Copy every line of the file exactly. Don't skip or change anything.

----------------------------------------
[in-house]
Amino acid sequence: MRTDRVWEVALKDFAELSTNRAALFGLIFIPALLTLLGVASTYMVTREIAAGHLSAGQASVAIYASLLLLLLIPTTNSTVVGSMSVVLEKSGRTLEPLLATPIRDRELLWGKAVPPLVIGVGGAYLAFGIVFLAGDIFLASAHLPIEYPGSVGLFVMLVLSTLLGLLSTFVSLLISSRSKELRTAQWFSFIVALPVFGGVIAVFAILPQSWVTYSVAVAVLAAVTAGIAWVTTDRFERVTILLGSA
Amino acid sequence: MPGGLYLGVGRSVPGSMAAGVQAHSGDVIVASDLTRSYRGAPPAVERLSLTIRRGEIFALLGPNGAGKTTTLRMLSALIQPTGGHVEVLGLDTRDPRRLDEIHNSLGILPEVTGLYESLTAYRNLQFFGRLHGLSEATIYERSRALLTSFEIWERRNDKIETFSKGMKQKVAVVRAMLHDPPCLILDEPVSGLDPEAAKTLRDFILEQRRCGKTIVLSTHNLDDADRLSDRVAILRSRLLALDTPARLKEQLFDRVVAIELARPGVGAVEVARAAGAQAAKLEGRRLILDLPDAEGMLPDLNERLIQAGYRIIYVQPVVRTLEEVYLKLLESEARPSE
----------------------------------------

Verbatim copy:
[in-house]
Amino acid sequence: MRTDRVWEVALKDFAELSTNRAALFGLIFIPALLTLLGVASTYMVTREIAAGHLSAGQASVAIYASLLLLLLIPTTNSTVVGSMSVVLEKSGRTLEPLLATPIRDRELLWGKAVPPLVIGVGGAYLAFGIVFLAGDIFLASAHLPIEYPGSVGLFVMLVLSTLLGLLSTFVSLLISSRSKELRTAQWFSFIVALPVFGGVIAVFAILPQSWVTYSVAVAVLAAVTAGIAWVTTDRFERVTILLGSA
Amino acid sequence: MPGGLYLGVGRSVPGSMAAGVQAHSGDVIVASDLTRSYRGAPPAVERLSLTIRRGEIFALLGPNGAGKTTTLRMLSALIQPTGGHVEVLGLDTRDPRRLDEIHNSLGILPEVTGLYESLTAYRNLQFFGRLHGLSEATIYERSRALLTSFEIWERRNDKIETFSKGMKQKVAVVRAMLHDPPCLILDEPVSGLDPEAAKTLRDFILEQRRCGKTIVLSTHNLDDADRLSDRVAILRSRLLALDTPARLKEQLFDRVVAIELARPGVGAVEVARAAGAQAAKLEGRRLILDLPDAEGMLPDLNERLIQAGYRIIYVQPVVRTLEEVYLKLLESEARPSE